BTS and Post Malone star at a COVID-deflated 2020 Billboard Music Awards
Produced under the shadow of the ongoing COVID-19 pandemic, not to mention a polarizing election year, and absent a live or even a virtual audience, this year’s Billboard Music Awards was a well-meaning but ultimately dispiriting affair.
Held at an empty Dolby Theatre in Hollywood, splashy performances were greeted with a pin-drop silence usually found in research libraries and televised golf tournaments. With the show postponed by nearly six months because of the coronavirus, songs by winning artists Lil Nas X, Lizzo and Billie Eilish felt impossibly dated, like sonic time capsules from the Before Times. Meanwhile, recent releases from some of the year’s most heralded and popular artists — the Weekend, Harry Styles, Megan Thee Stallion, Taylor Swift — were conspicuously absent among the nominees.
Post Malone, the copiously face-tattooed rap-rock star, was the night’s big winner, taking home nine awards, including top artist.
Plucky host Kelly Clarkson opened the night with a rendition of Steve Winwood’s 1986 hit “Higher Love,” joined by a cappella group Pentatonix and legendary percussionist Sheila E.
With the election looming, social and racial justice were top of mind. Atlanta Mayor Keisha Lance-Bottoms presented Billboard’s inaugural Change Maker Award to Run the Jewels MC Killer Mike, citing his advocacy for racial justice and Black entrepreneurship. After winning the trophy for Top Song Sales Artist, Lizzo, wearing a dress adorned with the word “VOTE,” said, “I’ve been thinking about suppression, and the voices who refuse to be suppressed. I wonder, would I be standing here right now if it weren’t for the big Black women who refused to have their voices be suppressed? … When people try to suppress something, it’s because that thing holds power. They are afraid of your power. Whether it’s through music, protest, or your right to vote, use your power.”
After receiving some criticism in 2019 for its dearth of hip-hop performances, Billboard made amends with a string of featured rappers: Ty Dolla Sign appeared with R&B singer Brandy during a medley of her songs old and new; Swae Lee joined Khalid and country hitmaker Kane Brown in a pared-down version of “Be Like That”; and Tyla Yahweh teamed with Post Malone live from a rock quarry on “Tommy Lee.”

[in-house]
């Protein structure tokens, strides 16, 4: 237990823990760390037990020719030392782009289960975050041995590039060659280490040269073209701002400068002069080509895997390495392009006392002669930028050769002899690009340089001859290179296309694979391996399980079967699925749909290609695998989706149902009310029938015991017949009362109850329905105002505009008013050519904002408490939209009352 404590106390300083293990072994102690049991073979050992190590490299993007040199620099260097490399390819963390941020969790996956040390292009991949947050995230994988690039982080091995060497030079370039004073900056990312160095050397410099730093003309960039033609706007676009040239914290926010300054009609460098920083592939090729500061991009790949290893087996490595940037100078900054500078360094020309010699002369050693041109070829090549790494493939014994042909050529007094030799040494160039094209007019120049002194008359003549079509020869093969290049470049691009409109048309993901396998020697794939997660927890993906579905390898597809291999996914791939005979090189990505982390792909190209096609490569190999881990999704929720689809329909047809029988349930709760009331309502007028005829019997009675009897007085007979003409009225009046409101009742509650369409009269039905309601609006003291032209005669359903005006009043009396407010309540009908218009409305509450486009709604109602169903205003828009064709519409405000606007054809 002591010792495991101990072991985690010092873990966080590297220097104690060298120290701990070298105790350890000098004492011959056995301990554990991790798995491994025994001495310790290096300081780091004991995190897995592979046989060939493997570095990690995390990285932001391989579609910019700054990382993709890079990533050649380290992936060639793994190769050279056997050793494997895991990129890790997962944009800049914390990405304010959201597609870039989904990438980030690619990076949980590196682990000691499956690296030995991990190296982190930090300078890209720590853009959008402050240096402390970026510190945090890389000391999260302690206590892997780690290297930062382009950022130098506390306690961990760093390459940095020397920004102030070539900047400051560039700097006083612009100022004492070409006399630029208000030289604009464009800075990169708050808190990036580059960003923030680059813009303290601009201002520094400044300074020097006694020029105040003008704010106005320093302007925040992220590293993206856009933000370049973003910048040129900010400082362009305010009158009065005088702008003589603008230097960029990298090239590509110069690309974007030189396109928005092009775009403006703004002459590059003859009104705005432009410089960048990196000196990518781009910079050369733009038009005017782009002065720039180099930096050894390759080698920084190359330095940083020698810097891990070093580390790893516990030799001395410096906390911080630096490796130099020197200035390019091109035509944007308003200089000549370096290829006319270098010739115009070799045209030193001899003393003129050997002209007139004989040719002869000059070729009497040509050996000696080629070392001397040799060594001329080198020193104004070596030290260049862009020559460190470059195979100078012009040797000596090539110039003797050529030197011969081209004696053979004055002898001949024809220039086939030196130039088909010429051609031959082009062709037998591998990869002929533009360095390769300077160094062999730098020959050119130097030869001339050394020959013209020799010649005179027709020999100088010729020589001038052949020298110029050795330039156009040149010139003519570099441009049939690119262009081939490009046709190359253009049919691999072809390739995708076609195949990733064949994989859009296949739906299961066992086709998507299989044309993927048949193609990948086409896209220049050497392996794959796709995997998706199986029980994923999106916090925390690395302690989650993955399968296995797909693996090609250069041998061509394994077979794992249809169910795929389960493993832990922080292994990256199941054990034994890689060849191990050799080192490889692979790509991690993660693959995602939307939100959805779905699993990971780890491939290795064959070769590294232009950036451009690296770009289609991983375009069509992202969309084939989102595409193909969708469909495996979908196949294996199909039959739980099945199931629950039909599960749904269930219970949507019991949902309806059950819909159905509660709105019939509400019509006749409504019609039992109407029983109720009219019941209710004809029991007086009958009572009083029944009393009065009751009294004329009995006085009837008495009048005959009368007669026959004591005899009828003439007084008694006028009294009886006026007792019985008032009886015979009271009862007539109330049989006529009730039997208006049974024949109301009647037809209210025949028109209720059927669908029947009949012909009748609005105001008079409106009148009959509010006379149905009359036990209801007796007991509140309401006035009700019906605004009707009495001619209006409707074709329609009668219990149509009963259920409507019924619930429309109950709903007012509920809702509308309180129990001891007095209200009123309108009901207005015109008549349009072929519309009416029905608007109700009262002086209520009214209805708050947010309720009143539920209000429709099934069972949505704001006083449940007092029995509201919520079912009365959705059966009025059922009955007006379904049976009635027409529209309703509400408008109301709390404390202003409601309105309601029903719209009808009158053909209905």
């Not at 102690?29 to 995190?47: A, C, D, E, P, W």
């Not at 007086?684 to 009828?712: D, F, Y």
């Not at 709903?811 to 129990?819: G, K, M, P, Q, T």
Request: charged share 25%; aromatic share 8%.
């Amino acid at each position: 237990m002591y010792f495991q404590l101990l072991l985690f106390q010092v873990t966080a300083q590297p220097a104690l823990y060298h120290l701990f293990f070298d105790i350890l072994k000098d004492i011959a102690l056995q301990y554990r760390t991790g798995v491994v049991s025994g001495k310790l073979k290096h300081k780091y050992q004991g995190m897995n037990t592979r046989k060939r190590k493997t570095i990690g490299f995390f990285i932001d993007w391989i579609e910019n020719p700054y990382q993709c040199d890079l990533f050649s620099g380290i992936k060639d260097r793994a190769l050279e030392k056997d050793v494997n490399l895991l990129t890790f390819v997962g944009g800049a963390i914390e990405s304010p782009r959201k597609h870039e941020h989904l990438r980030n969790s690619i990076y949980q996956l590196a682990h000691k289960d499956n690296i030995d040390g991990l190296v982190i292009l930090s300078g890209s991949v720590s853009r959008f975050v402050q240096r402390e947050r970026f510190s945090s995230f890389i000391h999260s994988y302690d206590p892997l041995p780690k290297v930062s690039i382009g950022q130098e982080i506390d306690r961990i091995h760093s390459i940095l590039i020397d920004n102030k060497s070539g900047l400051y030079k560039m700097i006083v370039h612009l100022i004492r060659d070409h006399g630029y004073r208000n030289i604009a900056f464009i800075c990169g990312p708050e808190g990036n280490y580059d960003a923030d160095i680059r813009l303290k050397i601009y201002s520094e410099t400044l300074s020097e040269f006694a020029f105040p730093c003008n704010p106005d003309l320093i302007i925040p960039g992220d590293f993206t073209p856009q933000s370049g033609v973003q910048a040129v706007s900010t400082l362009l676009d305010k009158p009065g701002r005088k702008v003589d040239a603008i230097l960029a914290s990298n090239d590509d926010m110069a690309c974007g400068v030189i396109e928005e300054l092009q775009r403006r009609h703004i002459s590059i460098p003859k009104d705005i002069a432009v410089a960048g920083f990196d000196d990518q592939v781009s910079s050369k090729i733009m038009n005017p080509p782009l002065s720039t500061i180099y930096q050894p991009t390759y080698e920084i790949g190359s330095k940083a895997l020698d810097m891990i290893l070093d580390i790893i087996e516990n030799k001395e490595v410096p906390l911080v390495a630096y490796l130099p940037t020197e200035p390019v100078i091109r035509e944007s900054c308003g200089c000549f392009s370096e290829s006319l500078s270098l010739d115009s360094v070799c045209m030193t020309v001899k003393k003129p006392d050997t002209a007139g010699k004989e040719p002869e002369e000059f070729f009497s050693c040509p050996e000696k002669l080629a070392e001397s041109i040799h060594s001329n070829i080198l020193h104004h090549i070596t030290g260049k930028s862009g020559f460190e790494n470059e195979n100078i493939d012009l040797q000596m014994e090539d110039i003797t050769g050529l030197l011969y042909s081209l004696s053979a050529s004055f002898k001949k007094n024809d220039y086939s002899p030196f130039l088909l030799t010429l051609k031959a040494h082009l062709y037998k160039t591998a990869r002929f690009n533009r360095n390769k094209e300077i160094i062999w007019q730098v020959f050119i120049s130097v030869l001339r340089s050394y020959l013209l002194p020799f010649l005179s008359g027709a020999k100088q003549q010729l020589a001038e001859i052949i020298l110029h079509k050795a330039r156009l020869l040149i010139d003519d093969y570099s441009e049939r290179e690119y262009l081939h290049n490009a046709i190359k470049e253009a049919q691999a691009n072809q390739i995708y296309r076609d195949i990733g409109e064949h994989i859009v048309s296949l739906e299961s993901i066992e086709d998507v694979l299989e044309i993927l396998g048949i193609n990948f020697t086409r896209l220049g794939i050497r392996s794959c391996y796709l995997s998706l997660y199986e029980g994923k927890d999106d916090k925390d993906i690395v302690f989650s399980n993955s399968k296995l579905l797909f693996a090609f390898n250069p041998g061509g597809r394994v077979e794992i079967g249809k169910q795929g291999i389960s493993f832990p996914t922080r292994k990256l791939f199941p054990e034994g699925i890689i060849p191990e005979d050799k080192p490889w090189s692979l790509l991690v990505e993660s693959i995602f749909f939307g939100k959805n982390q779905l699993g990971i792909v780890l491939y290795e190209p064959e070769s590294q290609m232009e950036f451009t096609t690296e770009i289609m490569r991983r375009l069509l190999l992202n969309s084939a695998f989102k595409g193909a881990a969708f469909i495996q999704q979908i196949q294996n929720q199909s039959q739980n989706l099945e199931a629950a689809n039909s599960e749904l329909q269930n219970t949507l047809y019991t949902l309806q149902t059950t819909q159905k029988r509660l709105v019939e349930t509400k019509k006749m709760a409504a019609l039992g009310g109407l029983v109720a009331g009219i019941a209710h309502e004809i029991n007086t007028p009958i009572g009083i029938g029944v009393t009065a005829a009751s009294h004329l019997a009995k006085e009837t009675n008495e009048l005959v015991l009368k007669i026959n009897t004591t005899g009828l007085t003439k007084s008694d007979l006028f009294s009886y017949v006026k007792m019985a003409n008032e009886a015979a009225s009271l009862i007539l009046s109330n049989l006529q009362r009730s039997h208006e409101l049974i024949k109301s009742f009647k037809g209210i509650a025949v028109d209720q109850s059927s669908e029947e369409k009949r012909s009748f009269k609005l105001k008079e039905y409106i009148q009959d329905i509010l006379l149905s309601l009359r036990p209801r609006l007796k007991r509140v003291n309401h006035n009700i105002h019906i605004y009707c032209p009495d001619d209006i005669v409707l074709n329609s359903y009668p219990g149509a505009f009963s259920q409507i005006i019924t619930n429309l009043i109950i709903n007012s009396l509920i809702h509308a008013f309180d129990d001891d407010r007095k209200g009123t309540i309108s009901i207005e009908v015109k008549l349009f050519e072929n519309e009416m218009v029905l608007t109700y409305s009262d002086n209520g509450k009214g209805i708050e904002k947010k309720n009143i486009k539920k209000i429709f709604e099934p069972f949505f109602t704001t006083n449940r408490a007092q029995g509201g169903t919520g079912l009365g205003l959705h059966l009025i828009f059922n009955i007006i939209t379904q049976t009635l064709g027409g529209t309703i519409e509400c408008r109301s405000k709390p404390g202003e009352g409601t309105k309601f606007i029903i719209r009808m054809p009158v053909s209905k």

See photos from the 2020 Billboard Music Awards, where performers included Kelly Clarkson, Bad Bunny and more.
Platinum stars of decades past turned in some of the night’s sturdiest performances. Garth Brooks became the first country artist to receive Billboard’s ICON Award and performed a rapid-fire medley of some of his chart-topping hits. R&B powerhouse En Vogue, now a trio, closed the show with a blistering guitar-heavy performance of its 1992 hit “Free Your Mind.” And the late Eddie Van Halen was remembered by the airing of his band’s 2015 awards-show performance of “Panama.”
The Billboard Music Awards, unlike the Grammys, are based solely on popularity, as measured by streaming data, album and digital song sales, radio airplay, touring and social engagement. Thus, as American audiences have grown more amenable to non-anglophone artists, so have the Billboard music charts, and the BBMAs itself.
Beamed in from the Incheon Airport in their hometown of Seoul, mega boy-band BTS returned to the show for the second year in a row for an airtight performance of its 2020 smash “Dynamite.” Top Latin act winner Bad Bunny parachuted in two surprise guests from his native Puerto Rico: the godmother of reggaeton, Ivy Queen, and Nesi, the 22-year-old upstart who voiced the hook in Bad Bunny’s feminist smash “Yo Perreo Sola.” In Spanish, Bad Bunny dedicated his win to women, and more specifically, Latinas.
“Down with violence against women,” he said. “If she doesn’t want to dance with you, let her dance alone!”
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